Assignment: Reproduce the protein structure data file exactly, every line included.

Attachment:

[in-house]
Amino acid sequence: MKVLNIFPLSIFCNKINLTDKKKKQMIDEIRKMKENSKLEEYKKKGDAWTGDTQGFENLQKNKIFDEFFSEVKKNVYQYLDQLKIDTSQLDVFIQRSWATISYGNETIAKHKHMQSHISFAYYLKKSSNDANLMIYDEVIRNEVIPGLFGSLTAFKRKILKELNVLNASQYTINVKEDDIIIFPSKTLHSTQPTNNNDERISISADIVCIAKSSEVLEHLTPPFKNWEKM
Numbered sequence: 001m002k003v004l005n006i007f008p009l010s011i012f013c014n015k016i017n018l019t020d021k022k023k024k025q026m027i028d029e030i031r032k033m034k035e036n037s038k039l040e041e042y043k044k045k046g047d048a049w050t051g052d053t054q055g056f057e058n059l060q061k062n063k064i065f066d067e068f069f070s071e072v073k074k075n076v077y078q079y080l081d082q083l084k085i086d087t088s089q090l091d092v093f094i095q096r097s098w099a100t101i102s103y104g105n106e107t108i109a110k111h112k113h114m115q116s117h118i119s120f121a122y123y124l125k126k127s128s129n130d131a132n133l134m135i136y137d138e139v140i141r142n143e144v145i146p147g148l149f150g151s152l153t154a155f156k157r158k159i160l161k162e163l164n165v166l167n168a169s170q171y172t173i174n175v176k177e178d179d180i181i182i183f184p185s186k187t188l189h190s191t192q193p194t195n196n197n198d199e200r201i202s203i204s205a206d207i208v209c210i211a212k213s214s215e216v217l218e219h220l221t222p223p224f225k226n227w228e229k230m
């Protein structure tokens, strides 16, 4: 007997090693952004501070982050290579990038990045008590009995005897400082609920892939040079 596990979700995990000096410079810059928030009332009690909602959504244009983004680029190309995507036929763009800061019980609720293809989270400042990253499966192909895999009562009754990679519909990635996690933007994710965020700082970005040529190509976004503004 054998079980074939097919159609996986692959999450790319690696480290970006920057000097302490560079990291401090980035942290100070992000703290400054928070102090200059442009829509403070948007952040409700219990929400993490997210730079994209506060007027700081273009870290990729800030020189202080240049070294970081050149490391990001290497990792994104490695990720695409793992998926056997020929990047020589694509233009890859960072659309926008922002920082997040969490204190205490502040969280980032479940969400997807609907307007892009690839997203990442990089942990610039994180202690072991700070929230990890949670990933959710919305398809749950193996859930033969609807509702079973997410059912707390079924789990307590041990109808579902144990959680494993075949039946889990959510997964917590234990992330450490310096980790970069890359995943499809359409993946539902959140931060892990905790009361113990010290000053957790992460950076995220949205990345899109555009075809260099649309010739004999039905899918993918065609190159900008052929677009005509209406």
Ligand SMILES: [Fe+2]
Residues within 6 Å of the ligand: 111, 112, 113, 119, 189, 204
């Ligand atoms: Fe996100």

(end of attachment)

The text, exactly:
[in-house]
Amino acid sequence: MKVLNIFPLSIFCNKINLTDKKKKQMIDEIRKMKENSKLEEYKKKGDAWTGDTQGFENLQKNKIFDEFFSEVKKNVYQYLDQLKIDTSQLDVFIQRSWATISYGNETIAKHKHMQSHISFAYYLKKSSNDANLMIYDEVIRNEVIPGLFGSLTAFKRKILKELNVLNASQYTINVKEDDIIIFPSKTLHSTQPTNNNDERISISADIVCIAKSSEVLEHLTPPFKNWEKM
Numbered sequence: 001m002k003v004l005n006i007f008p009l010s011i012f013c014n015k016i017n018l019t020d021k022k023k024k025q026m027i028d029e030i031r032k033m034k035e036n037s038k039l040e041e042y043k044k045k046g047d048a049w050t051g052d053t054q055g056f057e058n059l060q061k062n063k064i065f066d067e068f069f070s071e072v073k074k075n076v077y078q079y080l081d082q083l084k085i086d087t088s089q090l091d092v093f094i095q096r097s098w099a100t101i102s103y104g105n106e107t108i109a110k111h112k113h114m115q116s117h118i119s120f121a122y123y124l125k126k127s128s129n130d131a132n133l134m135i136y137d138e139v140i141r142n143e144v145i146p147g148l149f150g151s152l153t154a155f156k157r158k159i160l161k162e163l164n165v166l167n168a169s170q171y172t173i174n175v176k177e178d179d180i181i182i183f184p185s186k187t188l189h190s191t192q193p194t195n196n197n198d199e200r201i202s203i204s205a206d207i208v209c210i211a212k213s214s215e216v217l218e219h220l221t222p223p224f225k226n227w228e229k230m
């Protein structure tokens, strides 16, 4: 007997090693952004501070982050290579990038990045008590009995005897400082609920892939040079 596990979700995990000096410079810059928030009332009690909602959504244009983004680029190309995507036929763009800061019980609720293809989270400042990253499966192909895999009562009754990679519909990635996690933007994710965020700082970005040529190509976004503004 054998079980074939097919159609996986692959999450790319690696480290970006920057000097302490560079990291401090980035942290100070992000703290400054928070102090200059442009829509403070948007952040409700219990929400993490997210730079994209506060007027700081273009870290990729800030020189202080240049070294970081050149490391990001290497990792994104490695990720695409793992998926056997020929990047020589694509233009890859960072659309926008922002920082997040969490204190205490502040969280980032479940969400997807609907307007892009690839997203990442990089942990610039994180202690072991700070929230990890949670990933959710919305398809749950193996859930033969609807509702079973997410059912707390079924789990307590041990109808579902144990959680494993075949039946889990959510997964917590234990992330450490310096980790970069890359995943499809359409993946539902959140931060892990905790009361113990010290000053957790992460950076995220949205990345899109555009075809260099649309010739004999039905899918993918065609190159900008052929677009005509209406």
Ligand SMILES: [Fe+2]
Residues within 6 Å of the ligand: 111, 112, 113, 119, 189, 204
């Ligand atoms: Fe996100």